Pennsylvania Title Searches and Abstracts
A title search or “title abstract” is the process of researching and reviewing all publically recorded documents that relate to a specific parcel of real estate and its owners. (See Also: Is a Title Search Always Necessary?)
The most common of these documents are deeds and mortgages, which are filed with the local recorder of deeds office or, in a select few Pennsylvania counties, the department of records or department of real estate. Other fairly common documents at these offices include satisfaction pieces, subdivision plans and plats, easement agreements, oil and gas leases, and easements.
Along with the documents filed with the recorder of deeds, the history of the property’s respective owners must be researched at the offices of the county prothonotary, register of wills, clerk of orphans’ court, and tax claim bureau, along with the records of the department of public welfare regarding child support liens and the records of certain federal district courts relative to bankruptcy filings and federal judgments, and the records of the department of state regarding any financing statements.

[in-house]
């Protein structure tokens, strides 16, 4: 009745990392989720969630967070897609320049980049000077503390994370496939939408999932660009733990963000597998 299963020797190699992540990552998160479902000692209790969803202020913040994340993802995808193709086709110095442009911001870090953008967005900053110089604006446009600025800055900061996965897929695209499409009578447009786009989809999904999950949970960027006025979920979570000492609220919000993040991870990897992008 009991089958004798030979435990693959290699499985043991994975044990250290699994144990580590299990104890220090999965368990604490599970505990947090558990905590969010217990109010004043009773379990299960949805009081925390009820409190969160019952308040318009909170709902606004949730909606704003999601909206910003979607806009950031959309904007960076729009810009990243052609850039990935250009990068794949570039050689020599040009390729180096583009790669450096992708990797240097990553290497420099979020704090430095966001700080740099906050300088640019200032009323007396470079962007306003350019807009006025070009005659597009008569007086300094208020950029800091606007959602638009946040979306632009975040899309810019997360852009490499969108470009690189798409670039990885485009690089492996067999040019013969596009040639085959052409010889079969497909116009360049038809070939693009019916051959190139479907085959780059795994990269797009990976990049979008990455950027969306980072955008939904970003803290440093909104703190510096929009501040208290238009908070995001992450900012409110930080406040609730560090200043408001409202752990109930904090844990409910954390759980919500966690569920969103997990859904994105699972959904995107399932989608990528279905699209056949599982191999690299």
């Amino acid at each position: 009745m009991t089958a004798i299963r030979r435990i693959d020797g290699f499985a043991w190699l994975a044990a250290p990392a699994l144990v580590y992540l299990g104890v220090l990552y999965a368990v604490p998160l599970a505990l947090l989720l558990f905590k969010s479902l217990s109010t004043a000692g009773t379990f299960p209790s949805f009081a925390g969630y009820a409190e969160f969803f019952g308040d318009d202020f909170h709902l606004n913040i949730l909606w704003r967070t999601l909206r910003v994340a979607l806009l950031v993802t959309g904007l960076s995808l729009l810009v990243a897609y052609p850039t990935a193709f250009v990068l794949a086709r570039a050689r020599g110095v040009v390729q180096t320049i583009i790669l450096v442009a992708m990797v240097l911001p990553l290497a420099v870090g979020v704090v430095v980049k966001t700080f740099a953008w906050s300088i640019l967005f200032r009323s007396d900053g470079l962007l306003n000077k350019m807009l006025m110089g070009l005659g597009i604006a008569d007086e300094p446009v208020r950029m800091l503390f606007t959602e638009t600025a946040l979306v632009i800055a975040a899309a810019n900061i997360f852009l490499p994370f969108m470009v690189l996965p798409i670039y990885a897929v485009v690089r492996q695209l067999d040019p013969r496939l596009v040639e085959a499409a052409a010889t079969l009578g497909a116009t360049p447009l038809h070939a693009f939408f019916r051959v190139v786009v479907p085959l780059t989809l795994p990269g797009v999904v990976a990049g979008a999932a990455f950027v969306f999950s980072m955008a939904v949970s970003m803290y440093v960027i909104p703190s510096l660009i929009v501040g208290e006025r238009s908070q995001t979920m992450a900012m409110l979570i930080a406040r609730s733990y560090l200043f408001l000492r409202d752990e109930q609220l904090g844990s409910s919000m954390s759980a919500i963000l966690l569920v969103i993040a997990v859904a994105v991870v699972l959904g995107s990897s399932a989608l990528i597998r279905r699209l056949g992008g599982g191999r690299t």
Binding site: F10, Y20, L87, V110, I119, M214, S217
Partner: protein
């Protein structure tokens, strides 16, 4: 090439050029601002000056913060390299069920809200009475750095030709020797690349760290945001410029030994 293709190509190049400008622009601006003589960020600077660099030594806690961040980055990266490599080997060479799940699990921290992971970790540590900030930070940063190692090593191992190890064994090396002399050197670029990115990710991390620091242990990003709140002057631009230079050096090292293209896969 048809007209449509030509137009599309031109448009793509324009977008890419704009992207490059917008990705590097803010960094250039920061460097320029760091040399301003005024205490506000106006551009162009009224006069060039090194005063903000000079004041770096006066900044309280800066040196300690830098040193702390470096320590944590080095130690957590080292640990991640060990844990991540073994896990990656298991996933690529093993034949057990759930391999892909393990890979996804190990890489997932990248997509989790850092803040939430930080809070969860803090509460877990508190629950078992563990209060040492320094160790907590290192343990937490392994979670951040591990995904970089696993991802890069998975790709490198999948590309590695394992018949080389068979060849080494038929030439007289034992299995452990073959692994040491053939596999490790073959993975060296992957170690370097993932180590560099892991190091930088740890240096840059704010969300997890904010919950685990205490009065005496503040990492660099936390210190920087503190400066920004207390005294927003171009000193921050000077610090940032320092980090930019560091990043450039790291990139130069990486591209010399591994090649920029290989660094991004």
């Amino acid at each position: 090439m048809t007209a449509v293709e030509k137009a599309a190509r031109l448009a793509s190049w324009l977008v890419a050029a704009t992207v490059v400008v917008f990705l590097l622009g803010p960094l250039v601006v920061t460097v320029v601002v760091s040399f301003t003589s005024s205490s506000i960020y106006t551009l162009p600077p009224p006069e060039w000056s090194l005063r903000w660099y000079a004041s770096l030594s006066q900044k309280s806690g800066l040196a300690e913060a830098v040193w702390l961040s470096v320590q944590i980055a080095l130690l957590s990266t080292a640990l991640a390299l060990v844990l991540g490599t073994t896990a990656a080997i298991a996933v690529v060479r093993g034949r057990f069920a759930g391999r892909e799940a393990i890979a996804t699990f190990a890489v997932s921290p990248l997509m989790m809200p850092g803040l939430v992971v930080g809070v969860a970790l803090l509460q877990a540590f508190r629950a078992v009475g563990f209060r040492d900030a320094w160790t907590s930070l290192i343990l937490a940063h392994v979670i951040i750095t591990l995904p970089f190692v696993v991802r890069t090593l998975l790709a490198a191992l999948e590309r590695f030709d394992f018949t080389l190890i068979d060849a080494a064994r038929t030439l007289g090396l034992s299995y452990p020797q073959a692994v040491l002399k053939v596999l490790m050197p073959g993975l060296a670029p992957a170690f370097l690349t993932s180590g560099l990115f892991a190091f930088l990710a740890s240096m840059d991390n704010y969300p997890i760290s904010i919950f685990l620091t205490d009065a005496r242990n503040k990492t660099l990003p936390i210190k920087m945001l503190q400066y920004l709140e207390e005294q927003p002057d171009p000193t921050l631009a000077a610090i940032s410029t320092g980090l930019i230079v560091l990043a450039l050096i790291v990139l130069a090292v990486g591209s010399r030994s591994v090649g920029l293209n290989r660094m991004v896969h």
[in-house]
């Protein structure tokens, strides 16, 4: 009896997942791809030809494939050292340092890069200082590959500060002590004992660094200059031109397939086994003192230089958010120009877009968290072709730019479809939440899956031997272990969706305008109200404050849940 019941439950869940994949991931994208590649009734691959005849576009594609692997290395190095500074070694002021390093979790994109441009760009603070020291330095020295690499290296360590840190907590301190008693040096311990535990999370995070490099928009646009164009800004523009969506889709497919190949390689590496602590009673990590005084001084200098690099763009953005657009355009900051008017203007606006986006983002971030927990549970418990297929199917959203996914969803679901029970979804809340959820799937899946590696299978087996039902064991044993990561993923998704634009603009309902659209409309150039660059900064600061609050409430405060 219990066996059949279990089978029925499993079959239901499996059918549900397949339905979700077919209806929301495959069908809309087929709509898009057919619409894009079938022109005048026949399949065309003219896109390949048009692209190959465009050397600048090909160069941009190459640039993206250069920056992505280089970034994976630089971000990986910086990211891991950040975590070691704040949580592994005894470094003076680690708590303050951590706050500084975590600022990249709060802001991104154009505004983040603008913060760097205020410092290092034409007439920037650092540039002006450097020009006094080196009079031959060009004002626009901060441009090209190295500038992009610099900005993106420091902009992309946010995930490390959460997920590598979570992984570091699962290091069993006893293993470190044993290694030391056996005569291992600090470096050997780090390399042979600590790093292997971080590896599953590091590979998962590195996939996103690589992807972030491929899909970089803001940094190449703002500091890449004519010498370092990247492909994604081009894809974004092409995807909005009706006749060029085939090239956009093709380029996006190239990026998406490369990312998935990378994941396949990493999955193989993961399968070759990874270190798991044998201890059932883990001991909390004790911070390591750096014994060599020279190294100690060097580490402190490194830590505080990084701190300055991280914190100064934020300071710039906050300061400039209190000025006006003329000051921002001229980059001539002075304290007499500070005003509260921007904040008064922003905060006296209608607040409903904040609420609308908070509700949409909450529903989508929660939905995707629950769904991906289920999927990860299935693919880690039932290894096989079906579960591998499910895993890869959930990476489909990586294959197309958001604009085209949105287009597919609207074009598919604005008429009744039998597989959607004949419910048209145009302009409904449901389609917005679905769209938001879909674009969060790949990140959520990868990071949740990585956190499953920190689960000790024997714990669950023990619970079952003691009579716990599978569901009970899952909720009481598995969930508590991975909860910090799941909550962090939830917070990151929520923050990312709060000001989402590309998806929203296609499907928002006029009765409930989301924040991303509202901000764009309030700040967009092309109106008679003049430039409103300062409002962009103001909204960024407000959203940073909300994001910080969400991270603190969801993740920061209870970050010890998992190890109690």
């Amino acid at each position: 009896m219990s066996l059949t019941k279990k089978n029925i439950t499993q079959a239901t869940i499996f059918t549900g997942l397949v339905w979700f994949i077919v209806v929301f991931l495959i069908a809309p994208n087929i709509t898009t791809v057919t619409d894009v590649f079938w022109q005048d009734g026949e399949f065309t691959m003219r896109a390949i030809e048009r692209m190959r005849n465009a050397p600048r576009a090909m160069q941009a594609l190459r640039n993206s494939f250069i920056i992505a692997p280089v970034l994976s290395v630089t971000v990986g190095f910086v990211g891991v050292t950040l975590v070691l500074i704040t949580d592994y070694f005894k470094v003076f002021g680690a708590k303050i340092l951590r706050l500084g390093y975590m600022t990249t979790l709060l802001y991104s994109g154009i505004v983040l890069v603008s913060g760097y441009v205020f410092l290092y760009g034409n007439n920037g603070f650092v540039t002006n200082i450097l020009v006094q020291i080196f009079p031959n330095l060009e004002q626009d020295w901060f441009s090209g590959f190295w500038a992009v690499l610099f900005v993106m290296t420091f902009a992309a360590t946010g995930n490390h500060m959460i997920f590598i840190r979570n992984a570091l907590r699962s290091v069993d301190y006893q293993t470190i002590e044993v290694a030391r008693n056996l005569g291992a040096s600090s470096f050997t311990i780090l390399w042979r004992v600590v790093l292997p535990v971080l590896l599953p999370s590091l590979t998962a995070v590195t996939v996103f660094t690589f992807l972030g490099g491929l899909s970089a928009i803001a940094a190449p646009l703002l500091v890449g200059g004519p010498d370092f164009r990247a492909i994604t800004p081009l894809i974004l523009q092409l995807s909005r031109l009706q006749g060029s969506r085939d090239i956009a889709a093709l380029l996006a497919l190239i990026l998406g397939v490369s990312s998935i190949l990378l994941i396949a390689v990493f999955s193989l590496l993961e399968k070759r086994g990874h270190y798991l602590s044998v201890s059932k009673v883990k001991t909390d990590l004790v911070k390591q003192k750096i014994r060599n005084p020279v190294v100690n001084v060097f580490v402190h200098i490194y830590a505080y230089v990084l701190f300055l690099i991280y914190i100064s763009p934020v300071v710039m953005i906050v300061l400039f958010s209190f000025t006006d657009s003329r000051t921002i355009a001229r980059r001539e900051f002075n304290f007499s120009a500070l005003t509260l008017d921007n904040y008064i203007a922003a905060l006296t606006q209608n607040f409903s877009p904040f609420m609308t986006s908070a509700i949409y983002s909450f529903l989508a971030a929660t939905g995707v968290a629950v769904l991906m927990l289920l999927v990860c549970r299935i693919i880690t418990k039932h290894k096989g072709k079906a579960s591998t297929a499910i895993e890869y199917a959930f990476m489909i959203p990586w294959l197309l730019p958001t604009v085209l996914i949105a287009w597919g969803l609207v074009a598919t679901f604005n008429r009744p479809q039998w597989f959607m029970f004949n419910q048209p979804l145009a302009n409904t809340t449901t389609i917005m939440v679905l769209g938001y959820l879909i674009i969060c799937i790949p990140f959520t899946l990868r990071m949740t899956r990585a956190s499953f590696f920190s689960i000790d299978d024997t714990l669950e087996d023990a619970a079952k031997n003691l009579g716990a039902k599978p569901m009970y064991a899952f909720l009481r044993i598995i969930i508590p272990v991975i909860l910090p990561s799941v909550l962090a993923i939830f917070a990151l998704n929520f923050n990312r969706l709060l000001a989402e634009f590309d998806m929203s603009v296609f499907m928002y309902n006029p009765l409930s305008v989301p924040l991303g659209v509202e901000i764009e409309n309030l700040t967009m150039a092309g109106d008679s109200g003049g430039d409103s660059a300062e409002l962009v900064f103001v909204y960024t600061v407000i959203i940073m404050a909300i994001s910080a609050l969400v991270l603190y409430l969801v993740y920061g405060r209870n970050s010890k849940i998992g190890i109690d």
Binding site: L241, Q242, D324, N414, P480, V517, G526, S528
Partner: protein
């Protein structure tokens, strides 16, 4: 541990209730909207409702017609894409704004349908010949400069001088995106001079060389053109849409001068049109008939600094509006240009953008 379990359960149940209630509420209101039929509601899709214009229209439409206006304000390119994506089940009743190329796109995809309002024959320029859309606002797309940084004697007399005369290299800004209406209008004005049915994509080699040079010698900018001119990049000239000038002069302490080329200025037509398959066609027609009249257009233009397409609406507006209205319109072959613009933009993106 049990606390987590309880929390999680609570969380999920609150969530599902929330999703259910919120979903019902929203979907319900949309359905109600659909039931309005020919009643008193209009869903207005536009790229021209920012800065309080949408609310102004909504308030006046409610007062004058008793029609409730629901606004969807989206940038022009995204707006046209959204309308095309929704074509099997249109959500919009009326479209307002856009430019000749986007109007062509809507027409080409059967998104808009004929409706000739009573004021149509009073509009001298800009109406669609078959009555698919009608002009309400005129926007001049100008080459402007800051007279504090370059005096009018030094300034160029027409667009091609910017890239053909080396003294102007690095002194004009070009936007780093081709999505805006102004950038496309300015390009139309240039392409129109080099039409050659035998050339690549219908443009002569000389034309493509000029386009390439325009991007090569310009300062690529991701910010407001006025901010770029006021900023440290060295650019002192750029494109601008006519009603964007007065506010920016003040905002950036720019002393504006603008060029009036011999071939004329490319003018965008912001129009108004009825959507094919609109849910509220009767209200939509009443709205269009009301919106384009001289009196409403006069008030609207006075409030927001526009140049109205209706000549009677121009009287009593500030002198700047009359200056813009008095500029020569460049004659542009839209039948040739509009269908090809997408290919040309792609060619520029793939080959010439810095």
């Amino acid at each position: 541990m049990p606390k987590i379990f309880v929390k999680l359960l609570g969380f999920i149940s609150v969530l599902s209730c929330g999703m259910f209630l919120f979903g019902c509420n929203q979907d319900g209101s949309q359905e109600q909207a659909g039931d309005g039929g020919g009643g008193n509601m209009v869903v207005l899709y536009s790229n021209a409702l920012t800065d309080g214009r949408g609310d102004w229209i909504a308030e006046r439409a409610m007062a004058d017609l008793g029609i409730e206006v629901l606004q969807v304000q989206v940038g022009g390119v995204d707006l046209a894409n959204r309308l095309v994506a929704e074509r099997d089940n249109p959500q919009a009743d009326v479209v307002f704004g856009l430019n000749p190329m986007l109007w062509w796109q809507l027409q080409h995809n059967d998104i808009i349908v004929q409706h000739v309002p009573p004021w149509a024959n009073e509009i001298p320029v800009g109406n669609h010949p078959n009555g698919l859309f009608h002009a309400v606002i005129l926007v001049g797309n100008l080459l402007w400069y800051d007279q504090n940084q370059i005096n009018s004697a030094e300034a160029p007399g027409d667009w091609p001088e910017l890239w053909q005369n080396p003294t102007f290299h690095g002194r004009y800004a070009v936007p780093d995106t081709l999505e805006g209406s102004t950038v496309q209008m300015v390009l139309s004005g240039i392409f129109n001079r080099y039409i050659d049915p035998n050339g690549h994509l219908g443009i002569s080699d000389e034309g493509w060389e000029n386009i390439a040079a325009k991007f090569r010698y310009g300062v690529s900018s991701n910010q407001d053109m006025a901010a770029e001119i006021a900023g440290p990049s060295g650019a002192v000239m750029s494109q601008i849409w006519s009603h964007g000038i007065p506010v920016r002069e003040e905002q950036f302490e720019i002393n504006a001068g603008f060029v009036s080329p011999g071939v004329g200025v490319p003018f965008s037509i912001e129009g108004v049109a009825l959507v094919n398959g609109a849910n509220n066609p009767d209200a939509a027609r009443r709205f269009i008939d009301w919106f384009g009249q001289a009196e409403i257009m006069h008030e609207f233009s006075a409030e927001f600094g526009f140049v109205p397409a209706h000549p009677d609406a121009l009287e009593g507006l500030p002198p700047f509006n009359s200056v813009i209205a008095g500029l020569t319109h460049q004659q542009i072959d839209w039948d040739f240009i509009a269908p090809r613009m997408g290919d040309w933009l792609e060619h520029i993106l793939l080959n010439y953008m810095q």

A typical title search requires the research and review of all these records for a period of at least 60 years from the present date. The most recent records are again reviewed immediately prior to recording the new documents, which is usually a deed or mortgage.
When a business owns the property, the department of state records must be researched regarding the timing of the entity’s validity with respect to its acquisition of that property, as well as obtaining a current certificate of good standing from the department of state indicating its continued validity with the state. A tax clearance certificate and, in certain instances, a bulk sales clearance certificate must also be requested from the Pennsylvania Department of Revenue.